It would seem horribly inconvenient to do away with normal deposits and only be stuck with CDs. I'm certainly willing to take the microscopic risk that my bank will fail AND the FDIC will be out of money in exchange for the convenience of not having to completely plan my finances and to have to pay for everything in cash.

The problem with a fixed money supply is that, although it is irrational, people don't like lowing prices or getting pay cuts, even if the end result is that their purchasing power stays the same. As a result, people refuse to do so, there is insufficient money to actually pay for the goods and services, and the economy comes to a screaching halt.
11.4.2008 10:04am
Malvolio:
Aren't we breaking a butterfly on a wheel here? The idea that FRB is fraudulent because a bank couldn't pay back all its creditors at once is arrant nonsense. Could you pay back all your creditors at once? Is an advertisement that a restaurant is open misleading because it couldn't serve everyone who sees the ad at the same time? A gym that can host 100 simultaneous visitors can sell 1000 monthly memberships, can't it?

The idea that banks are misleading their customers is just silly. All the employees of the bank have bank accounts. The bank itself has accounts with other banks. They don't seem to think they are getting ripped off.

Is this really worth debating?
11.4.2008 10:07am
byomtov (mail):
What would happen if the money supply didn't grow in proportion to production increases? Simple. Prices would go down. This would benefit savers. Money, as you say, is a trading device and a fixed supply would automatically adjust prices for changes in levels of production and everything else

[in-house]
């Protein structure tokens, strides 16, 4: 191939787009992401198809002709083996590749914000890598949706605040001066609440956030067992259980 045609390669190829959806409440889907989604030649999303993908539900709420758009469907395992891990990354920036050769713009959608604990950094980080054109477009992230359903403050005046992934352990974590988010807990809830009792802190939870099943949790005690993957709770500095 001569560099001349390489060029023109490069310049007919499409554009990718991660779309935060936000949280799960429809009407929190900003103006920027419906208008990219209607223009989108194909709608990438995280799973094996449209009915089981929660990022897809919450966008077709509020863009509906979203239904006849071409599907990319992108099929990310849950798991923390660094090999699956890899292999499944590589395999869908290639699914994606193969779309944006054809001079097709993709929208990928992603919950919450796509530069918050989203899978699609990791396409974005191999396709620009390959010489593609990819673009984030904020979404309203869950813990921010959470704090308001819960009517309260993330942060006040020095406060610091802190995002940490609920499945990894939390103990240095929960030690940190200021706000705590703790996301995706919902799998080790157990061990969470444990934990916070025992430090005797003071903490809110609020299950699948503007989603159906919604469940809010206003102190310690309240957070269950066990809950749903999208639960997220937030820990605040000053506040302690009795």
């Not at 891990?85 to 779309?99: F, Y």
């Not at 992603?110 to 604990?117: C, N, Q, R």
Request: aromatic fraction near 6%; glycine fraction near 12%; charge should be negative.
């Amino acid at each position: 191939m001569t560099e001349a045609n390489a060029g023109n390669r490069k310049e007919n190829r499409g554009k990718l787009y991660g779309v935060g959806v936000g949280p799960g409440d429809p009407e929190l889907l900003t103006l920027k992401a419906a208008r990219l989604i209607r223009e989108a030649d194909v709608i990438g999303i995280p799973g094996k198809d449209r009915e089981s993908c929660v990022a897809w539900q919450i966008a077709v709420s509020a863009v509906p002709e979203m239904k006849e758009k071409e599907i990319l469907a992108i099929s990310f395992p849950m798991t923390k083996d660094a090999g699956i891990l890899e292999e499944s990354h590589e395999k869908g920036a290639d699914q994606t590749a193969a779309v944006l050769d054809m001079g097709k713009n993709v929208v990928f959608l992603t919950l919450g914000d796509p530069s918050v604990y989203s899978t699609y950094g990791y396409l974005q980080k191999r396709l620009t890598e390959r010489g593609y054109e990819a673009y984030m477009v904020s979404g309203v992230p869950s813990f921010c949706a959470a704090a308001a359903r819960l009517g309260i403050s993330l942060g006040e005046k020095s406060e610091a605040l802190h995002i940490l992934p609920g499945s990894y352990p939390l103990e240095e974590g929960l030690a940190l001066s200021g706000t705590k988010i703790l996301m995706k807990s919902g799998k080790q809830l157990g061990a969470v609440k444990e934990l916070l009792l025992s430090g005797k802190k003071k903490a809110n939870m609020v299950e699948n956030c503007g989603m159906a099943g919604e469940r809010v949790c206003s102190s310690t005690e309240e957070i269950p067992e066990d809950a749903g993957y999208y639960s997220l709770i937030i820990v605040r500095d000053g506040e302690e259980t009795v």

And no one would invest in anything. Why pay today's prices to build a factory when the price of your output is going to be dropping?

And no one would hire. Why pay a worker today's wage to produce goods that will not sell for that amount tomorrow?
11.4.2008 10:22am
some dude:

Crackmonkeyjr:
Some Dude:

It would seem horribly inconvenient to do away with normal deposits and only be stuck with CDs.

There is a free market solution to that. Free market interest rates. I would wager there is an interest rate out there that would help convince you to overcome your horrible inconvenience.

I'm certainly willing to take the microscopic risk that my bank will fail AND the FDIC will be out of money in exchange for the convenience of not having to completely plan my finances and to have to pay for everything in cash.

It would not be a microscopic risk (BANK RUN!) if there were no FDIC, and the FDIC is not free market. The FDIC is not part of a free contract between two parties for mutual benefit. It is a market distortion. Another thing is that FRB would not be workable without central planners at the central banks fixing interest rates and whatnot. Another market distortion.


The problem with a fixed money supply is that, although it is irrational, people don't like lowing prices or getting pay cuts, even if the end result is that their purchasing power stays the same. As a result, people refuse to do so, there is insufficient money to actually pay for the goods and services, and the economy comes to a screaching halt.

I agree there is something psychological if someone's salary was a smaller number than their grandfathers. But this would only be a problem if the people then demanded the government "do something about it." If they didn't do that, then they would have no choice but to make a smaller numbered salary.

If people really did refuse to work, then production would go down and prices would go back up. Self-correcting. But maybe that is the problem. Maybe the pressure for the government to "do something about it" is just too great to be overcome, and there is the flaw in the system.